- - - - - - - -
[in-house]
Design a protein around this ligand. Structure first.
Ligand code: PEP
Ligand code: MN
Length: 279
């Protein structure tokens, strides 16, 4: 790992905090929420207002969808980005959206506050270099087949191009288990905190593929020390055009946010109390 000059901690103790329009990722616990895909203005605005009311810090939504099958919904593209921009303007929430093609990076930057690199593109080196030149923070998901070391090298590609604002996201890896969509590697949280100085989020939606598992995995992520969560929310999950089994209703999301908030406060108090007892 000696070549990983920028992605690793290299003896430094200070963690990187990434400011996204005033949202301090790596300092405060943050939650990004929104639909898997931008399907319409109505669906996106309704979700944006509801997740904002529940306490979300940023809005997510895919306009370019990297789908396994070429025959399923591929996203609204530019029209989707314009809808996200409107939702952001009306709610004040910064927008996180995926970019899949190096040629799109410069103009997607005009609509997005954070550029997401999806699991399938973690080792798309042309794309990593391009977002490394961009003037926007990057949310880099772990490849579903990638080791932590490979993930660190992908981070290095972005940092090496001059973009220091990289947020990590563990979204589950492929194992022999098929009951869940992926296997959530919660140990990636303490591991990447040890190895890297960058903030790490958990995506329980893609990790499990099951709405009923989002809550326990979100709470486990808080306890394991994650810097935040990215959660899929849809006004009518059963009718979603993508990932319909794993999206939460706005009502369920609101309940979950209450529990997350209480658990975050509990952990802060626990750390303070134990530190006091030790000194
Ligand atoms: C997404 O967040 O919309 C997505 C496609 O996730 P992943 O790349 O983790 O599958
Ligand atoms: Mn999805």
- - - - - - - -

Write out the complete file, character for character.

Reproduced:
[in-house]
Design a protein around this ligand. Structure first.
Ligand code: PEP
Ligand code: MN
Length: 279
């Protein structure tokens, strides 16, 4: 790992905090929420207002969808980005959206506050270099087949191009288990905190593929020390055009946010109390 000059901690103790329009990722616990895909203005605005009311810090939504099958919904593209921009303007929430093609990076930057690199593109080196030149923070998901070391090298590609604002996201890896969509590697949280100085989020939606598992995995992520969560929310999950089994209703999301908030406060108090007892 000696070549990983920028992605690793290299003896430094200070963690990187990434400011996204005033949202301090790596300092405060943050939650990004929104639909898997931008399907319409109505669906996106309704979700944006509801997740904002529940306490979300940023809005997510895919306009370019990297789908396994070429025959399923591929996203609204530019029209989707314009809808996200409107939702952001009306709610004040910064927008996180995926970019899949190096040629799109410069103009997607005009609509997005954070550029997401999806699991399938973690080792798309042309794309990593391009977002490394961009003037926007990057949310880099772990490849579903990638080791932590490979993930660190992908981070290095972005940092090496001059973009220091990289947020990590563990979204589950492929194992022999098929009951869940992926296997959530919660140990990636303490591991990447040890190895890297960058903030790490958990995506329980893609990790499990099951709405009923989002809550326990979100709470486990808080306890394991994650810097935040990215959660899929849809006004009518059963009718979603993508990932319909794993999206939460706005009502369920609101309940979950209450529990997350209480658990975050509990952990802060626990750390303070134990530190006091030790000194
Ligand atoms: C997404 O967040 O919309 C997505 C496609 O996730 P992943 O790349 O983790 O599958
Ligand atoms: Mn999805």